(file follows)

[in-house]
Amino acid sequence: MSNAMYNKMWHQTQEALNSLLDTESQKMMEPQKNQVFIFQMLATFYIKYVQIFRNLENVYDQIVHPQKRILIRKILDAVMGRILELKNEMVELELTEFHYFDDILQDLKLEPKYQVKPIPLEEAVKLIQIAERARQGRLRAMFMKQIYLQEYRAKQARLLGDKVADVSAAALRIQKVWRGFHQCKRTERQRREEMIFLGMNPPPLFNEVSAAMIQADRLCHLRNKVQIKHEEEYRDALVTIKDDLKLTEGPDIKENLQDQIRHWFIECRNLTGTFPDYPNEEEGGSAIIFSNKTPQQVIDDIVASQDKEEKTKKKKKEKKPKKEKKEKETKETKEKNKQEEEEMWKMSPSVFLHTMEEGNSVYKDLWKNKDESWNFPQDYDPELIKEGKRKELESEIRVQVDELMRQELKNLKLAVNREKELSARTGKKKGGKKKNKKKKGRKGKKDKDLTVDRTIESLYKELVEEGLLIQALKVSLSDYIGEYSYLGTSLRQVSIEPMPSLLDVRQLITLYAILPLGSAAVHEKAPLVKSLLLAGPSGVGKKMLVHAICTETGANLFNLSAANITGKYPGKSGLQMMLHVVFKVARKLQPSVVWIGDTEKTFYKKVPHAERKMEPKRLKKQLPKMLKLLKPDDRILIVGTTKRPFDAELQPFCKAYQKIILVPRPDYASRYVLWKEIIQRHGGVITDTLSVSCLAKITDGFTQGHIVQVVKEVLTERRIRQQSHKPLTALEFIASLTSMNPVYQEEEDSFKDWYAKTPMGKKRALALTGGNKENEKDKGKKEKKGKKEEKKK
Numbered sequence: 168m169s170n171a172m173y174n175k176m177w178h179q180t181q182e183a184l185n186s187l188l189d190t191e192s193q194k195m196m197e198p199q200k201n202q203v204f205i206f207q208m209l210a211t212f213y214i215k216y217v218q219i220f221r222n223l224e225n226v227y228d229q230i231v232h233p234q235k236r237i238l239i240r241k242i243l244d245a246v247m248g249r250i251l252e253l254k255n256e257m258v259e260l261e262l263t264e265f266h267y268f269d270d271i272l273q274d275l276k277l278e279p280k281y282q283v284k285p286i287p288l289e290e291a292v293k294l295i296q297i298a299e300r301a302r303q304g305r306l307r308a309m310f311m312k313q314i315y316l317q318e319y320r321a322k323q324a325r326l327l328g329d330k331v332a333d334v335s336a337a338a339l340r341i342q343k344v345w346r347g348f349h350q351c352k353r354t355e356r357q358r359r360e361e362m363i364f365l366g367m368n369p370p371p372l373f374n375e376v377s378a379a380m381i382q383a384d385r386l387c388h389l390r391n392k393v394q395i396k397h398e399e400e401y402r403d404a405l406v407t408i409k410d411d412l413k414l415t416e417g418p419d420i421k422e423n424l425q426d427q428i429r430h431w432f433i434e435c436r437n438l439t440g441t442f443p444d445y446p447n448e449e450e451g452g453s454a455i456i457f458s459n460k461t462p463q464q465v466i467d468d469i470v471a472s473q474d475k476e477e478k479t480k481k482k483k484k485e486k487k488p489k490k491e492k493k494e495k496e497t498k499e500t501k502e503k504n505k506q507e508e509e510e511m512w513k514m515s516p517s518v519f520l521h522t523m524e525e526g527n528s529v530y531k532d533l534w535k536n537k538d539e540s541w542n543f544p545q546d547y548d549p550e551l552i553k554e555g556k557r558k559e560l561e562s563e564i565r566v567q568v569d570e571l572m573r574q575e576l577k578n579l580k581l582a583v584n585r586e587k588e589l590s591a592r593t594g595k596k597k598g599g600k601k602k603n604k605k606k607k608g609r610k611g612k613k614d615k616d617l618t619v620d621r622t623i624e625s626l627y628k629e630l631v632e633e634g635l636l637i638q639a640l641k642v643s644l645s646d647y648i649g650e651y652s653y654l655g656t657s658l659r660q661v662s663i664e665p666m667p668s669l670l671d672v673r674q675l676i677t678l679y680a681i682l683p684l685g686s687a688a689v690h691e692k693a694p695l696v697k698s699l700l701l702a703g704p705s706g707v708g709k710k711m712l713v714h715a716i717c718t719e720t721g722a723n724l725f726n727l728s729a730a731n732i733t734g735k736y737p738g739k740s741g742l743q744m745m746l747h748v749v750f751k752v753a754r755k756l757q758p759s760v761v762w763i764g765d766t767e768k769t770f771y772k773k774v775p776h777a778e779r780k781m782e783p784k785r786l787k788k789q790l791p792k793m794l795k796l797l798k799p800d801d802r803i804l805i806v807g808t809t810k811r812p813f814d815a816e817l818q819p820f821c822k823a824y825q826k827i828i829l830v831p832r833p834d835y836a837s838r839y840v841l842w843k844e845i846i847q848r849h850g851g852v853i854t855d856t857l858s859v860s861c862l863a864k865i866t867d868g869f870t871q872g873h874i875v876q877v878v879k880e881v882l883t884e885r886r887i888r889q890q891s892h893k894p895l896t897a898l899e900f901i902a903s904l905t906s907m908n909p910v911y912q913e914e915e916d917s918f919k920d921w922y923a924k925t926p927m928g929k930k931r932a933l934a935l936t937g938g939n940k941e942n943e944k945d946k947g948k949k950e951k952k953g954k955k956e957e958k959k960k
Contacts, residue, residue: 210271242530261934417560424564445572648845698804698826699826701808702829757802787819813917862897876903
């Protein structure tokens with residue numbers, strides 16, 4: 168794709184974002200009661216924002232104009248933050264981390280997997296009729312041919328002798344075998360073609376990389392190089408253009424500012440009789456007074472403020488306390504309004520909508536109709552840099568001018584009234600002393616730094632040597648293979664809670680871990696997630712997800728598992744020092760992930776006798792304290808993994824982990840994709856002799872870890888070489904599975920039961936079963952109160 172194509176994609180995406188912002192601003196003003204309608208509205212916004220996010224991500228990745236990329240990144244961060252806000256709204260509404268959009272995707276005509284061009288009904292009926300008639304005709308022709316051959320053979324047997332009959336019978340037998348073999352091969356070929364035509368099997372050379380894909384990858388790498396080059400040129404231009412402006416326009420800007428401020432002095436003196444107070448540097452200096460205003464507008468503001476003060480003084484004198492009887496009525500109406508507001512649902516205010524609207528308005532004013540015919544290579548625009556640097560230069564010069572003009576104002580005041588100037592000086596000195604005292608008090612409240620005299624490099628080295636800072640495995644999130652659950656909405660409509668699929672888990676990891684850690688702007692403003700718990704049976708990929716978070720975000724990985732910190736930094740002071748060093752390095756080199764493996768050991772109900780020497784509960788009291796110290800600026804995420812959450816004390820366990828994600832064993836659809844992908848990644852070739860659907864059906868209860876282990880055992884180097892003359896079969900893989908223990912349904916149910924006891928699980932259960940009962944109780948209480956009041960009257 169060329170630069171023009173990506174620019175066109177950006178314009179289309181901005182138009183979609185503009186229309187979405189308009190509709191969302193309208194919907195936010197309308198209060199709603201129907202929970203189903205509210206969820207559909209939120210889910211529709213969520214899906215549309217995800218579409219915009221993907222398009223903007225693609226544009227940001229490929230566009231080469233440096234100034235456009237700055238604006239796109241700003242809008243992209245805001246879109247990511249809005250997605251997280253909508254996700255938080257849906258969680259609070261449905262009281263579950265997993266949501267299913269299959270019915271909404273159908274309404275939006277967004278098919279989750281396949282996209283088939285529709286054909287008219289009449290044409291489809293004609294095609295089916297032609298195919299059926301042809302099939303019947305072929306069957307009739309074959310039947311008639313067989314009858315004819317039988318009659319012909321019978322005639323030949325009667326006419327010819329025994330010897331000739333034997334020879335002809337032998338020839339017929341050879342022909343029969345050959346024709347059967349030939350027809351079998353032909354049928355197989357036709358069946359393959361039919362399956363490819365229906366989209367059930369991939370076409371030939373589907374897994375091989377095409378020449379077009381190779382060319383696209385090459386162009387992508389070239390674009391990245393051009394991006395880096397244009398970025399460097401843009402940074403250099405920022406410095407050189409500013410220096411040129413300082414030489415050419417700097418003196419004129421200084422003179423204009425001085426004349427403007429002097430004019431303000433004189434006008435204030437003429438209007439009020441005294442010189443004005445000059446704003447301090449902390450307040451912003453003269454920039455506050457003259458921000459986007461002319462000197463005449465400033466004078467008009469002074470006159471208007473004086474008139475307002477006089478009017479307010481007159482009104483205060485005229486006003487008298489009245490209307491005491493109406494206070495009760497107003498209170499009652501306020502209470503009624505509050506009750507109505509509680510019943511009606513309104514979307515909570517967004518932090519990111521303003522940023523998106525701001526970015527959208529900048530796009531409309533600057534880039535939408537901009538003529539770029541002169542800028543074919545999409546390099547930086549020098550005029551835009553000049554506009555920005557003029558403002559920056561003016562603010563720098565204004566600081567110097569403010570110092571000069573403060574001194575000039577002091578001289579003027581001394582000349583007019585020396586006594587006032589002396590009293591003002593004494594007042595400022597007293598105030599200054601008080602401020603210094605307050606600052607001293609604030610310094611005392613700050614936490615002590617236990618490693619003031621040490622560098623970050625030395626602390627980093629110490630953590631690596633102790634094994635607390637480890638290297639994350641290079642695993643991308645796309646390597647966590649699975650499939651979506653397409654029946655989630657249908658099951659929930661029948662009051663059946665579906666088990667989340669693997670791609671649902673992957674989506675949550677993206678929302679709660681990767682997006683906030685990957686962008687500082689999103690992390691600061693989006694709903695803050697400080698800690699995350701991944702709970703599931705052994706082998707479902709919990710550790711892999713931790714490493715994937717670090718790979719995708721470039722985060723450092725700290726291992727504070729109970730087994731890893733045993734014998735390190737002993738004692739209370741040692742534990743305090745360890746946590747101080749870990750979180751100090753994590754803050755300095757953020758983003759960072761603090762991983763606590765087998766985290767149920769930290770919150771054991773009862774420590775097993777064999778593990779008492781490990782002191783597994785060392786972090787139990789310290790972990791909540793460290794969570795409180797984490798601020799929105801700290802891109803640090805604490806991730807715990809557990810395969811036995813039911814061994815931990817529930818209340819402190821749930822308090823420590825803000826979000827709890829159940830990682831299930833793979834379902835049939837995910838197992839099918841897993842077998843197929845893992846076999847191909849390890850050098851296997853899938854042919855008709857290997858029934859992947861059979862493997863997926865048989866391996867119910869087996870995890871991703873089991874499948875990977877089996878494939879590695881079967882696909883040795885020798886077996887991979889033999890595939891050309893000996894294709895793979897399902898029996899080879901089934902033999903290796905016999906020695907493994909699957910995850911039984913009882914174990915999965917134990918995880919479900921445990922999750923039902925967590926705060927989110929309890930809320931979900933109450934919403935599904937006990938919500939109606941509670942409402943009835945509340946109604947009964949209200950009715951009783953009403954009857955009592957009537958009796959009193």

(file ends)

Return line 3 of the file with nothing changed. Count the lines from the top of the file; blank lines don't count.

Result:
Numbered sequence: 168m169s170n171a172m173y174n175k176m177w178h179q180t181q182e183a184l185n186s187l188l189d190t191e192s193q194k195m196m197e198p199q200k201n202q203v204f205i206f207q208m209l210a211t212f213y214i215k216y217v218q219i220f221r222n223l224e225n226v227y228d229q230i231v232h233p234q235k236r237i238l239i240r241k242i243l244d245a246v247m248g249r250i251l252e253l254k255n256e257m258v259e260l261e262l263t264e265f266h267y268f269d270d271i272l273q274d275l276k277l278e279p280k281y282q283v284k285p286i287p288l289e290e291a292v293k294l295i296q297i298a299e300r301a302r303q304g305r306l307r308a309m310f311m312k313q314i315y316l317q318e319y320r321a322k323q324a325r326l327l328g329d330k331v332a333d334v335s336a337a338a339l340r341i342q343k344v345w346r347g348f349h350q351c352k353r354t355e356r357q358r359r360e361e362m363i364f365l366g367m368n369p370p371p372l373f374n375e376v377s378a379a380m381i382q383a384d385r386l387c388h389l390r391n392k393v394q395i396k397h398e399e400e401y402r403d404a405l406v407t408i409k410d411d412l413k414l415t416e417g418p419d420i421k422e423n424l425q426d427q428i429r430h431w432f433i434e435c436r437n438l439t440g441t442f443p444d445y446p447n448e449e450e451g452g453s454a455i456i457f458s459n460k461t462p463q464q465v466i467d468d469i470v471a472s473q474d475k476e477e478k479t480k481k482k483k484k485e486k487k488p489k490k491e492k493k494e495k496e497t498k499e500t501k502e503k504n505k506q507e508e509e510e511m512w513k514m515s516p517s518v519f520l521h522t523m524e525e526g527n528s529v530y531k532d533l534w535k536n537k538d539e540s541w542n543f544p545q546d547y548d549p550e551l552i553k554e555g556k557r558k559e560l561e562s563e564i565r566v567q568v569d570e571l572m573r574q575e576l577k578n579l580k581l582a583v584n585r586e587k588e589l590s591a592r593t594g595k596k597k598g599g600k601k602k603n604k605k606k607k608g609r610k611g612k613k614d615k616d617l618t619v620d621r622t623i624e625s626l627y628k629e630l631v632e633e634g635l636l637i638q639a640l641k642v643s644l645s646d647y648i649g650e651y652s653y654l655g656t657s658l659r660q661v662s663i664e665p666m667p668s669l670l671d672v673r674q675l676i677t678l679y680a681i682l683p684l685g686s687a688a689v690h691e692k693a694p695l696v697k698s699l700l701l702a703g704p705s706g707v708g709k710k711m712l713v714h715a716i717c718t719e720t721g722a723n724l725f726n727l728s729a730a731n732i733t734g735k736y737p738g739k740s741g742l743q744m745m746l747h748v749v750f751k752v753a754r755k756l757q758p759s760v761v762w763i764g765d766t767e768k769t770f771y772k773k774v775p776h777a778e779r780k781m782e783p784k785r786l787k788k789q790l791p792k793m794l795k796l797l798k799p800d801d802r803i804l805i806v807g808t809t810k811r812p813f814d815a816e817l818q819p820f821c822k823a824y825q826k827i828i829l830v831p832r833p834d835y836a837s838r839y840v841l842w843k844e845i846i847q848r849h850g851g852v853i854t855d856t857l858s859v860s861c862l863a864k865i866t867d868g869f870t871q872g873h874i875v876q877v878v879k880e881v882l883t884e885r886r887i888r889q890q891s892h893k894p895l896t897a898l899e900f901i902a903s904l905t906s907m908n909p910v911y912q913e914e915e916d917s918f919k920d921w922y923a924k925t926p927m928g929k930k931r932a933l934a935l936t937g938g939n940k941e942n943e944k945d946k947g948k949k950e951k952k953g954k955k956e957e958k959k960k